The pletzlach are baking right now. The smell transports me to my childhood. If I close my eyes, I can imagine that I am a teenager again. I'm standing in the living room of our tract house in the Valley, the bedroom suburb just north of Los Angeles. The smell is wafting from our tiny kitchen. Mom's treat is almost ready!
The "onion and something's baking" smell is filling my living room and kitchen today. Tears well up in my eyes--I'm smelling memories of my mom's kitchen. It's a happy cry!
What are pletzlach, you ask? Joan Nathan, in her book, "Jewish Cooking in America," says:
"Pletzel, which rhymes with pretzel, is the foccacia of the Jewish food world. Also called pletzlach (like in our house), onion zemmel, onion pampalik, or onion board, it looks and tastes very much like the flat bread laden with onions and poppy seeds I recently ate in the marketplace of Izmir. After all, pizza began as pita, sprinkled with olive oil and za'atar (a combination of spices), a meal for a poor person. "
A friend of mine told me about this book on Thanksgiving. She said that the stories about the history of the foods and the old ads were lots of fun. I learned that it wasn't only the suffrage movement that changed women in the early 20th century. The manufacturing of foods like ketchup and frozen foods freed women up from making many foods from scratch. Foods like Crisco enabled some women to make foods not possible for them earlier.
The recipe, "Pletzlach with Onions," tugged at my heart strings. After seeing it, I found similar but different recipes from the New York Times online, and on various websites. Joan Nathan's recipe is an adaptation of a recipe from the 1947 Community Cook Book from Woonsocket Rhode Island--one of her favorite cookbooks.
Our HBin5 group did "historical recipes" last month. This month, we are doing "family traditions" recipes. I guess that this recipe fits both categories!
My recipe is an adaption of Joan Nathan's, as I am trying to figure out my mom's method (Mom didn't have recipes, she cooked by feel):
Pletzlach with Onions
2 tsp salt
2 tsp sugar
2 TBSP vegetable oil (Mom wouldn't have used shortening here!)
1 cup plus 2 TBSP warm water
1 package instant yeast
4 cups all purpose flour (approx. Mom used Gold Medal or Pillsbury)
1 large egg, beaten
1-2 onions, finely chopped (optional, saute' in vegetable oil ahead of time)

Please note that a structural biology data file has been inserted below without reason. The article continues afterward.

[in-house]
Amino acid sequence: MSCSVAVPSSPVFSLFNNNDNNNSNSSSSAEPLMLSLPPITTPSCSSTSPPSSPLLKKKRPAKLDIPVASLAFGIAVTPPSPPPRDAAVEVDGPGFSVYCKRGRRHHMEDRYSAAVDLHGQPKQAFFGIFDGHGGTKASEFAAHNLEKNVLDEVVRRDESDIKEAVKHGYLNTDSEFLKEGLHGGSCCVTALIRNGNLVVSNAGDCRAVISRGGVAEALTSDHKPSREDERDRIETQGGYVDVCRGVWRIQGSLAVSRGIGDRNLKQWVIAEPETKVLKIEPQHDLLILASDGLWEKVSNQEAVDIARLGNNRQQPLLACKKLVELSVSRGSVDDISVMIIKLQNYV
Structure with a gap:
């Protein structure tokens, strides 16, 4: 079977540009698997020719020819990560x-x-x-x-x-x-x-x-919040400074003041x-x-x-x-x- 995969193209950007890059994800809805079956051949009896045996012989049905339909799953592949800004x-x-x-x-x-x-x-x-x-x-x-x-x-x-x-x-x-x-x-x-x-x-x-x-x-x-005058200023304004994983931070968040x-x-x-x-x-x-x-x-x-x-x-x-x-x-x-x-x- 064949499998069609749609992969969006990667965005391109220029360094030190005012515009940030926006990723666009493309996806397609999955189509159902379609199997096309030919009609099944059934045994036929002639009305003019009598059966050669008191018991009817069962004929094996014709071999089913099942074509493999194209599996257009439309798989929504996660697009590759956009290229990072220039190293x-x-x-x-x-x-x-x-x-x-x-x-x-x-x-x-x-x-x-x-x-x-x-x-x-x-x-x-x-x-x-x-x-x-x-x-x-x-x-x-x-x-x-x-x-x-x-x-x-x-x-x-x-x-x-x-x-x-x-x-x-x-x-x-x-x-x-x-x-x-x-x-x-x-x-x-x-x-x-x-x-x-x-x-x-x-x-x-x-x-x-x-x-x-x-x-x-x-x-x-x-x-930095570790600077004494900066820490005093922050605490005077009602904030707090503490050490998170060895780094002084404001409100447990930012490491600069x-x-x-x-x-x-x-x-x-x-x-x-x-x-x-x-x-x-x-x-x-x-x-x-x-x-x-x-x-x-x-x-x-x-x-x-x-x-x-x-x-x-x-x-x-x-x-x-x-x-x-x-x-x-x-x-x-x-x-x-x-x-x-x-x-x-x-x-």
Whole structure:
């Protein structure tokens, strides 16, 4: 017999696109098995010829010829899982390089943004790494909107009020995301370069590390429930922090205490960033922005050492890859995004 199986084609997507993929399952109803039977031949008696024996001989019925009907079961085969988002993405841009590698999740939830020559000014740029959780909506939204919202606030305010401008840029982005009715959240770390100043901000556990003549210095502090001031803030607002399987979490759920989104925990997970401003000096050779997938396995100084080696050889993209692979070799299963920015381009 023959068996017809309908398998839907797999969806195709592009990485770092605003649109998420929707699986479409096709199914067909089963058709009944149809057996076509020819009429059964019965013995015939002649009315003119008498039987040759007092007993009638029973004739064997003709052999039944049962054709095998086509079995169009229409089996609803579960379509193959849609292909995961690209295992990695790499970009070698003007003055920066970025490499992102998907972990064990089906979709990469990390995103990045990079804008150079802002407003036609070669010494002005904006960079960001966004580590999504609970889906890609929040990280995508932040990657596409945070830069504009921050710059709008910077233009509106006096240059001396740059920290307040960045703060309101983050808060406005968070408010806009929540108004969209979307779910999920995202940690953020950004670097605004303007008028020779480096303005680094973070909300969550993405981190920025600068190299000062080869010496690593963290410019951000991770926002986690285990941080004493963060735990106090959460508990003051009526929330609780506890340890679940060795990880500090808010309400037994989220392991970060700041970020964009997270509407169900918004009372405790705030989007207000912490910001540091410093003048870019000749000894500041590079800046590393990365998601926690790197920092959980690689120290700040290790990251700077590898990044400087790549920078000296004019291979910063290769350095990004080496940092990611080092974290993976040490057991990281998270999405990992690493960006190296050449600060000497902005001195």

1 TBSP poppy seeds
1. I lightly sauteed the onions in vegetable oil ahead of time. I don't remember if Mom did this or not, but I remember the onions had a sheen to them. Since the onions will be baked on the rolls, I don't want to brown the oinons. I did this the day before. The book says 4 cups of onions, and that was too much.
|My dough really cleaned the bowl!|
2. In the mixing bowl of your mixer, add the salt, sugar, oil, yeast, and warm water. Gradually add enough flour, mixing, until you have a dough that holds together. Usingn anything other than King Arthur flourn is a radical departure for me, but I'm trying to get Mom's bread texture). Change to the dough hook, and knead together about 10 minutes (3 minutes on a Kitchenaid--special mixing action), or until dough is smooth.
|After a 2 hour rise|
Place dough in a greased bowl and allow to rise for 2 hours or until doubled in bulk.
3. Divide the dough into 10 parts, about 4 ounces each. Roll or pat out into a circle 1/8 inch thick, about 4 inches in diameter. Place on a greased baking sheet. Press down in the center, leaving an inch border. Sprinkle with the onions, poppy seeds, and kosher salt and allow to rise a half hour.
4. Bake in a preheated 375 degree oven for 40 minutes or until golden. We enjoyed them almost right out of the oven, with butter melting all over!
The texture was just as I remembered it to be. The New York Times recipe contains eggs, but I just might stay with this one. I think I might cut back on the dough, and try a bit of oil on top.
I've been really enjoying these with butter over the past few days. They are great with soup!
Have you ever enjoyed pletzlach?